Three important resolutions to address violence and discrimination against women and girls have been tabled at the 35th session of the United Nations Human Rights Council in Geneva. One focuses on the elimination of discrimination against women and girls, another on accelerating efforts to eliminate violence against women by engaging men and boys in preventing and responding to violence against all women and girls, and the other on child, early and forced marriage in humanitarian settings.
All three resolutions contain language that is in line with commitments laid out in South Africa’s Constitution. All three call on UN member states, including South Africa, to take action to address multiple and intersecting forms of violence against women and girls.
Despite South Africa’s ongoing crises of violence against women and girls, and despite now familiar reassurances from senior government officials that addressing and preventing violence against women is a national priority, South Africa chose not to join the nearly sixty countries which co- sponsored these resolutions when they were tabled last Thursday at the Human Rights Council.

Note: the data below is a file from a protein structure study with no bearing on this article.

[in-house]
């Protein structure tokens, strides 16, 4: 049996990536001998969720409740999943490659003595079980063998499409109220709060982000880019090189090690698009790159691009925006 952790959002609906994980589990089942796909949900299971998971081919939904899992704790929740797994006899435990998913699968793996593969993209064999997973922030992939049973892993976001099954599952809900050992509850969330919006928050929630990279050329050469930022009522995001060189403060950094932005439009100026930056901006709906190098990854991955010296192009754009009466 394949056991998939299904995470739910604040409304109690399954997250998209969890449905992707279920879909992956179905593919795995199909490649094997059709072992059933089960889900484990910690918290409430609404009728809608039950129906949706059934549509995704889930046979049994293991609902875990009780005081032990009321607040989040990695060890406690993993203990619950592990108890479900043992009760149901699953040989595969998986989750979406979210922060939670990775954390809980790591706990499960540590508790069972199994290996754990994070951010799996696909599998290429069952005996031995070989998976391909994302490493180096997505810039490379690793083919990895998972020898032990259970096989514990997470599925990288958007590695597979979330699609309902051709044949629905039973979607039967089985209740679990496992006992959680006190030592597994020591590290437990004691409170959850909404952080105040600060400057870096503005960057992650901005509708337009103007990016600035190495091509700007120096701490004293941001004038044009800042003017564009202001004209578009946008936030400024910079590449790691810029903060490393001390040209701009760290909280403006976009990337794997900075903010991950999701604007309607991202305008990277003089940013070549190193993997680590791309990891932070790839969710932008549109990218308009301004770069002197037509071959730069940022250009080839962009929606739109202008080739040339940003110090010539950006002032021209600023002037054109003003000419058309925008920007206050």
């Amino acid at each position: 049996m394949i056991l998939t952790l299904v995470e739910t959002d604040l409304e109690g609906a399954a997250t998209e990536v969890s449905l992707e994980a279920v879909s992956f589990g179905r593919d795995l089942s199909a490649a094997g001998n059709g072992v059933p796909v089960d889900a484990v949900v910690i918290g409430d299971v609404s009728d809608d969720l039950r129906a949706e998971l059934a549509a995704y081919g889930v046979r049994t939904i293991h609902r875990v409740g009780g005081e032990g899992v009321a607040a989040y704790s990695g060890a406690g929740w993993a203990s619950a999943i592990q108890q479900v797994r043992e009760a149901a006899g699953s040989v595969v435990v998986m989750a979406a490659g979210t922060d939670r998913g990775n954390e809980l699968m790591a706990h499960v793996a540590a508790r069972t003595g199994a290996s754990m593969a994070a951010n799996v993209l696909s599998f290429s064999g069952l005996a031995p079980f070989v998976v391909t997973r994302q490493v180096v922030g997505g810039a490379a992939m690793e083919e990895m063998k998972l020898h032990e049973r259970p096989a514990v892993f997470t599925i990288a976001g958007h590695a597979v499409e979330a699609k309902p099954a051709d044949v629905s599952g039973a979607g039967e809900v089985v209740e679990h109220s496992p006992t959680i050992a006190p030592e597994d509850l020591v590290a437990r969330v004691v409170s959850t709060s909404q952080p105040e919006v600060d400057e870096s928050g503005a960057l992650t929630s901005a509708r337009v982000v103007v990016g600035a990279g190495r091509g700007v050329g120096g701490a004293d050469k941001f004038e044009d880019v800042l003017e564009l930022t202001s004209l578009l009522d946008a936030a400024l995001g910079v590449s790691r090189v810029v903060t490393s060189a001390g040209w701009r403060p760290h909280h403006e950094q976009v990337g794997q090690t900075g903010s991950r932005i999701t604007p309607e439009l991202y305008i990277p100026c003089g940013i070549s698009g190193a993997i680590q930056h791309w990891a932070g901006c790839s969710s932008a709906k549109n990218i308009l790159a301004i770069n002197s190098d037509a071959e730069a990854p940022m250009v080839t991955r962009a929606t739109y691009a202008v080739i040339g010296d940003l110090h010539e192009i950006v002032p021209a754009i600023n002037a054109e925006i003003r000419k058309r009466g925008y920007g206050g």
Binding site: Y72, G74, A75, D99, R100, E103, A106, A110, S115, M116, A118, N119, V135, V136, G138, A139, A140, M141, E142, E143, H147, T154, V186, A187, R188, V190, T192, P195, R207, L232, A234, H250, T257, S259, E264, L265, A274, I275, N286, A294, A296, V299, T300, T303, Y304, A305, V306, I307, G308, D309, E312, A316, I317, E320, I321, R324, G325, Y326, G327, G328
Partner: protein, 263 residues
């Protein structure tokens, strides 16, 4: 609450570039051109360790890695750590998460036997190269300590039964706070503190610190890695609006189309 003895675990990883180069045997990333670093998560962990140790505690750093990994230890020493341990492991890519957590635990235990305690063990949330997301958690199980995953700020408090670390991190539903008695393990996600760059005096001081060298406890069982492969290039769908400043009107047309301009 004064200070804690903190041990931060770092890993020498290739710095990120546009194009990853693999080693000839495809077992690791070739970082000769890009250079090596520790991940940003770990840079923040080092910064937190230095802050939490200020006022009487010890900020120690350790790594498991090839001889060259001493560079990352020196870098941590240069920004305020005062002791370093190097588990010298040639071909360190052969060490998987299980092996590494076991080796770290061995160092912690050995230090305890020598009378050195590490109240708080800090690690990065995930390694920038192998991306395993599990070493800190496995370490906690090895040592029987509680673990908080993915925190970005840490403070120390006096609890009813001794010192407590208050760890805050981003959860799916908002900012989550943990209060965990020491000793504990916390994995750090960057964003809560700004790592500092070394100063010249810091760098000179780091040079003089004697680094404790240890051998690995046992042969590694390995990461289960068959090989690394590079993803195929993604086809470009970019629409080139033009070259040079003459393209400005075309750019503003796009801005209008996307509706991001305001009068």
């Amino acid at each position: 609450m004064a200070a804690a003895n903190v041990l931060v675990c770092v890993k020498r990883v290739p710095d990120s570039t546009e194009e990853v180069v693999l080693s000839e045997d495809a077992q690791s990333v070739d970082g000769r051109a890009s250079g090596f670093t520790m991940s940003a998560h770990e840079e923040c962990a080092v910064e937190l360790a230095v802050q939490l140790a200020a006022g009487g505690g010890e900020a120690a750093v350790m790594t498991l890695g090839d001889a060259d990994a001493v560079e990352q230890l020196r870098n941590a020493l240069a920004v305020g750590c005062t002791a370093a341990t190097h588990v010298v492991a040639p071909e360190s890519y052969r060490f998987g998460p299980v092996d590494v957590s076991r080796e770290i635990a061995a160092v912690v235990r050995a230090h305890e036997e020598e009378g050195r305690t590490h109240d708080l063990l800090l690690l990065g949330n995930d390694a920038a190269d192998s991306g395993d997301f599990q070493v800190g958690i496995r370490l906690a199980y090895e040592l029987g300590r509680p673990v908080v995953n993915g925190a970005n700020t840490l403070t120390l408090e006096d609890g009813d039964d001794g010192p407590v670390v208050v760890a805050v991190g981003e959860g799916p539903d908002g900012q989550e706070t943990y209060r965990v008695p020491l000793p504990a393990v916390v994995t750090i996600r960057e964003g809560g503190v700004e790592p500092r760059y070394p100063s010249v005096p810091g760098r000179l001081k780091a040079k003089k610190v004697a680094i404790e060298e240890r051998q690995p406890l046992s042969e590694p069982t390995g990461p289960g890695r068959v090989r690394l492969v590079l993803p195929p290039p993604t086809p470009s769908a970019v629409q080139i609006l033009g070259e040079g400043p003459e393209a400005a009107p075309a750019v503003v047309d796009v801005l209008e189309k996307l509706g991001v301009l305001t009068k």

To date, the South African government has still not indicated whether it will co-sponsor or support these resolutions when they go before the Human Rights Council this Thursday and Friday. Our government has also not provided a rationale for its inaction.
The civil society organisations listed below call on the South African Government to endorse these resolutions by immediately signing on as co-sponsors, opposing any hostile amendments tabled by conservative states and by voting for the resolutions later this week.
As women’s rights and gender equality organisations, we expect South Africa to act in line with its commitments to human rights as contained in national, regional and international law. Over the years we have observed an inconsistent approach by South Africa to women’s rights in UN and other inter-governmental spaces. This flies in the face of South Africa’s hard won largely progressive legislative framework on women’s rights. It also sends a message domestically that addressing violence and discrimination against women is simply not a priority in the face of other agendas.
All three resolutions contain progressive language and include commitments to action sorely needed to address and prevent endemic violence and discrimination against women in South Africa. None contain any language that could be construed as conflicting with our own laws.
While nearly 60 countries co-sponsored these resolutions, South Africa, a member of the Human Rights Council, has to date failed to indicate whether it will follow suit.